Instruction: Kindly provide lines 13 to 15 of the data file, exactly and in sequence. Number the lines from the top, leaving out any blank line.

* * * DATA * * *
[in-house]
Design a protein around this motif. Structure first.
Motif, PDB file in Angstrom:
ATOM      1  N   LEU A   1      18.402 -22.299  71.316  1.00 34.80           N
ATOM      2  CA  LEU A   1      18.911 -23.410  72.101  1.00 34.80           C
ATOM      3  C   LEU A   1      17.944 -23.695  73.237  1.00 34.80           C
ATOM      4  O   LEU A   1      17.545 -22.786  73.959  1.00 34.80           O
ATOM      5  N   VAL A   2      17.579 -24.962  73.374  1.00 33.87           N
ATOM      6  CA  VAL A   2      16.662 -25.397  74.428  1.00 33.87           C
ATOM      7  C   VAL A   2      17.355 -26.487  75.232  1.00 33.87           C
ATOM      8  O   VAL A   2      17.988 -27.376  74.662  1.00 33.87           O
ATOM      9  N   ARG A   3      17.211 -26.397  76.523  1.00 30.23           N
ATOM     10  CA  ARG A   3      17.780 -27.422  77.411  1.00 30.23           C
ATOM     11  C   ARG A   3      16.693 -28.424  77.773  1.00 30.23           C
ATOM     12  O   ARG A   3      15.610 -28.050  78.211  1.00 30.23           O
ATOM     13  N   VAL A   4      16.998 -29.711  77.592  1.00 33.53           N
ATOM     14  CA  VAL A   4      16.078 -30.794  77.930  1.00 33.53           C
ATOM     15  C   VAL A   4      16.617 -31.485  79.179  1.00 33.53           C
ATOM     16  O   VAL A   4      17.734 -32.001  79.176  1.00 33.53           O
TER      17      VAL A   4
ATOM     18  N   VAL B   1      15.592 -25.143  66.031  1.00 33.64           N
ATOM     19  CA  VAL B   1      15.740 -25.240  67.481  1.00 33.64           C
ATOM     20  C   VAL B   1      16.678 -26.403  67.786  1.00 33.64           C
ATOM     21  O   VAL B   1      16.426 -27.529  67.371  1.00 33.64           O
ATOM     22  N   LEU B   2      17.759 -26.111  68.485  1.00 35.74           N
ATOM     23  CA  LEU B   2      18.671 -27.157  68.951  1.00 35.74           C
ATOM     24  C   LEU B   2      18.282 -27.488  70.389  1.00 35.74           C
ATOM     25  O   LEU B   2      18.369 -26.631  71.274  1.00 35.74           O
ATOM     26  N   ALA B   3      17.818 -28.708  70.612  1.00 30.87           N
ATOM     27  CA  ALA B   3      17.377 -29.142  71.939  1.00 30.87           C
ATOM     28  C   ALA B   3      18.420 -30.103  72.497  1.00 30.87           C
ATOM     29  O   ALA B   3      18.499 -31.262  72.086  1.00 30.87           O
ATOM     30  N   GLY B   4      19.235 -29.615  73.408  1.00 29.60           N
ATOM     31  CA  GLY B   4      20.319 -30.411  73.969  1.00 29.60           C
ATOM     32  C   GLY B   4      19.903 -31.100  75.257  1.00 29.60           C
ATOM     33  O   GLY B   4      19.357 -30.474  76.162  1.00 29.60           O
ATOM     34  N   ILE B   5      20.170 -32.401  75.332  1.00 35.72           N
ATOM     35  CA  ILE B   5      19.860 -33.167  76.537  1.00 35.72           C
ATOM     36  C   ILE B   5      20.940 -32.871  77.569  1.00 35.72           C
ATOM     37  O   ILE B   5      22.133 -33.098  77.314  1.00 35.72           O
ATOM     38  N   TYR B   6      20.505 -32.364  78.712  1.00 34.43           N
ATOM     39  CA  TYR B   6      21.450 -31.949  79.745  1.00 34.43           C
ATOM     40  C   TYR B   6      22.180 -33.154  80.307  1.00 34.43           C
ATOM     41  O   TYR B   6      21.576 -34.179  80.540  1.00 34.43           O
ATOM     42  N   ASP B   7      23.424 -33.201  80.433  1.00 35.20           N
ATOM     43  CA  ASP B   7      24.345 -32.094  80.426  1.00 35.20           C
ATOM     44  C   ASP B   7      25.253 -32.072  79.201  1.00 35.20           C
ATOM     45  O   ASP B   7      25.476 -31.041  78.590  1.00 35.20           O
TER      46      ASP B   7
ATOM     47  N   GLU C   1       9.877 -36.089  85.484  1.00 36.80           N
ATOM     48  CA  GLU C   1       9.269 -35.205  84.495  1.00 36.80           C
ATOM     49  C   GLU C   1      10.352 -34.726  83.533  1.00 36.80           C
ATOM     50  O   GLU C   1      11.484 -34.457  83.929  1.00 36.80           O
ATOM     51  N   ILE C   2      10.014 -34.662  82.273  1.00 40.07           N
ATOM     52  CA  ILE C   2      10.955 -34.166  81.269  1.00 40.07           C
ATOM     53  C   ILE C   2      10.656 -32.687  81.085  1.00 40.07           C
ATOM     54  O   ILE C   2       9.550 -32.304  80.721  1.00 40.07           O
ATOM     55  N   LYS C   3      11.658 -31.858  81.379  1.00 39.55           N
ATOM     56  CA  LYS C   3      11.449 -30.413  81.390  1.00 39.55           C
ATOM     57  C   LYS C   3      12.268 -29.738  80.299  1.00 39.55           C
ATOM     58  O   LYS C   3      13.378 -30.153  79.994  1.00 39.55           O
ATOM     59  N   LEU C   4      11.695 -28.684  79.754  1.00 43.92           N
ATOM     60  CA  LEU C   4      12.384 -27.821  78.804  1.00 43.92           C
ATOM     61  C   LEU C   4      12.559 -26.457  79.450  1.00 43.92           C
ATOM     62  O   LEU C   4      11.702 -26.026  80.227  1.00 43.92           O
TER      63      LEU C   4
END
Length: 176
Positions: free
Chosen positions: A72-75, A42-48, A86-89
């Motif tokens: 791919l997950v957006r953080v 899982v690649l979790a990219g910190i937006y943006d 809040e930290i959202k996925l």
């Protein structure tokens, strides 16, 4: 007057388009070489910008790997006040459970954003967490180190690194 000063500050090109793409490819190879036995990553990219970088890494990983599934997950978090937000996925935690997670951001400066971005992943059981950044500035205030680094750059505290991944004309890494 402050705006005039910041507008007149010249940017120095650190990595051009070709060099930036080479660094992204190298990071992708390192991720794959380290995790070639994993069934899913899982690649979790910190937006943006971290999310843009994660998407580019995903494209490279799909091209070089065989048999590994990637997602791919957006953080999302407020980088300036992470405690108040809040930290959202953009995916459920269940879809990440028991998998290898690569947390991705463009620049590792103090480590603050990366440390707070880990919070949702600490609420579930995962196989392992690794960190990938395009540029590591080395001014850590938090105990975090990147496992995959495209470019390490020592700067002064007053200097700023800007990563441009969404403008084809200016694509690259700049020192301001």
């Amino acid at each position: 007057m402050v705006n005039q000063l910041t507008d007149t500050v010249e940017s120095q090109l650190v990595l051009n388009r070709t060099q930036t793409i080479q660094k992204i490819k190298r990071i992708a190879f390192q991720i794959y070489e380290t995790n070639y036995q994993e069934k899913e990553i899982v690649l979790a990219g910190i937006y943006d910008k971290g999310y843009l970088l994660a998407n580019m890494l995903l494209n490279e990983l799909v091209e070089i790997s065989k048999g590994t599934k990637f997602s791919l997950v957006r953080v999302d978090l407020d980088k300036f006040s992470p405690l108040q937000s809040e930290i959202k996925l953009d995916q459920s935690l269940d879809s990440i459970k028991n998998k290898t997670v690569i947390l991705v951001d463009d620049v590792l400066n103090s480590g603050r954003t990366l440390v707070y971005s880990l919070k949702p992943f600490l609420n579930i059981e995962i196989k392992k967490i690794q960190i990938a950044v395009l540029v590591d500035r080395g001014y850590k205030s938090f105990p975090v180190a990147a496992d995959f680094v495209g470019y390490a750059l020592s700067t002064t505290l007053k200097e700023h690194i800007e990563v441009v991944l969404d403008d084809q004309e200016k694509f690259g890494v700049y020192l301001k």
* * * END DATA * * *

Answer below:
ATOM     10  CA  ARG A   3      17.780 -27.422  77.411  1.00 30.23           C
ATOM     11  C   ARG A   3      16.693 -28.424  77.773  1.00 30.23           C
ATOM     12  O   ARG A   3      15.610 -28.050  78.211  1.00 30.23           O